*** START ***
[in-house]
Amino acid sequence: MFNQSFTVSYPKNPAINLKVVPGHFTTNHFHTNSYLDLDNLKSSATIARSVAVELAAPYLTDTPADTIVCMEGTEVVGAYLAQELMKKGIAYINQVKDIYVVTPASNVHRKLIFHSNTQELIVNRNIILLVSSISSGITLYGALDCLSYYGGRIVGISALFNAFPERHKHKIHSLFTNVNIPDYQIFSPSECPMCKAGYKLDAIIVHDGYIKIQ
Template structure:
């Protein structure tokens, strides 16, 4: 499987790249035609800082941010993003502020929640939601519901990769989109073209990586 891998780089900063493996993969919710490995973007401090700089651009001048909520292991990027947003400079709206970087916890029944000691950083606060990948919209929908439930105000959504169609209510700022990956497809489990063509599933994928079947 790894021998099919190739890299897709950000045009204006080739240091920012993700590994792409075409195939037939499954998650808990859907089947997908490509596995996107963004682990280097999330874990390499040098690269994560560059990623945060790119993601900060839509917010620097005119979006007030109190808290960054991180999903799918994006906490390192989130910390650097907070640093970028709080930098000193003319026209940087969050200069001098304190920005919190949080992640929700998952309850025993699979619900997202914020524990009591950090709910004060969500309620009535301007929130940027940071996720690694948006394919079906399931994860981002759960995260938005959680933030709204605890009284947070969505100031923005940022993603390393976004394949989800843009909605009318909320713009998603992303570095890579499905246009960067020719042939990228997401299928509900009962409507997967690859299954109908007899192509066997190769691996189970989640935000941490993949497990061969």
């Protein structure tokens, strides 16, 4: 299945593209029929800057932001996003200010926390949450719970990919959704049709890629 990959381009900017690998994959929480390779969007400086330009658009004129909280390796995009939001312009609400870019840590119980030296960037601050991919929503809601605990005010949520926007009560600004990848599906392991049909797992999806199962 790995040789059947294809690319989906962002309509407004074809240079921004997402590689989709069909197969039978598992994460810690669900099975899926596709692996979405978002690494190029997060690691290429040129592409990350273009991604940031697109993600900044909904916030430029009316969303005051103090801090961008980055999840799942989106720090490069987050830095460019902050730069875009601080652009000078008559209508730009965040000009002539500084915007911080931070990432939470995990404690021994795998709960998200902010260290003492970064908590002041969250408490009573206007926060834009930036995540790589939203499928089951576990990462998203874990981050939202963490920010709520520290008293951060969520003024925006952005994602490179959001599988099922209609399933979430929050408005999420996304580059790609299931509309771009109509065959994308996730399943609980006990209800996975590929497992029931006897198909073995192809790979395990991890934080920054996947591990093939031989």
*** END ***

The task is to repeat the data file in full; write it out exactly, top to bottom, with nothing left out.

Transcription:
[in-house]
Amino acid sequence: MFNQSFTVSYPKNPAINLKVVPGHFTTNHFHTNSYLDLDNLKSSATIARSVAVELAAPYLTDTPADTIVCMEGTEVVGAYLAQELMKKGIAYINQVKDIYVVTPASNVHRKLIFHSNTQELIVNRNIILLVSSISSGITLYGALDCLSYYGGRIVGISALFNAFPERHKHKIHSLFTNVNIPDYQIFSPSECPMCKAGYKLDAIIVHDGYIKIQ
Template structure:
């Protein structure tokens, strides 16, 4: 499987790249035609800082941010993003502020929640939601519901990769989109073209990586 891998780089900063493996993969919710490995973007401090700089651009001048909520292991990027947003400079709206970087916890029944000691950083606060990948919209929908439930105000959504169609209510700022990956497809489990063509599933994928079947 790894021998099919190739890299897709950000045009204006080739240091920012993700590994792409075409195939037939499954998650808990859907089947997908490509596995996107963004682990280097999330874990390499040098690269994560560059990623945060790119993601900060839509917010620097005119979006007030109190808290960054991180999903799918994006906490390192989130910390650097907070640093970028709080930098000193003319026209940087969050200069001098304190920005919190949080992640929700998952309850025993699979619900997202914020524990009591950090709910004060969500309620009535301007929130940027940071996720690694948006394919079906399931994860981002759960995260938005959680933030709204605890009284947070969505100031923005940022993603390393976004394949989800843009909605009318909320713009998603992303570095890579499905246009960067020719042939990228997401299928509900009962409507997967690859299954109908007899192509066997190769691996189970989640935000941490993949497990061969």
């Protein structure tokens, strides 16, 4: 299945593209029929800057932001996003200010926390949450719970990919959704049709890629 990959381009900017690998994959929480390779969007400086330009658009004129909280390796995009939001312009609400870019840590119980030296960037601050991919929503809601605990005010949520926007009560600004990848599906392991049909797992999806199962 790995040789059947294809690319989906962002309509407004074809240079921004997402590689989709069909197969039978598992994460810690669900099975899926596709692996979405978002690494190029997060690691290429040129592409990350273009991604940031697109993600900044909904916030430029009316969303005051103090801090961008980055999840799942989106720090490069987050830095460019902050730069875009601080652009000078008559209508730009965040000009002539500084915007911080931070990432939470995990404690021994795998709960998200902010260290003492970064908590002041969250408490009573206007926060834009930036995540790589939203499928089951576990990462998203874990981050939202963490920010709520520290008293951060969520003024925006952005994602490179959001599988099922209609399933979430929050408005999420996304580059790609299931509309771009109509065959994308996730399943609980006990209800996975590929497992029931006897198909073995192809790979395990991890934080920054996947591990093939031989």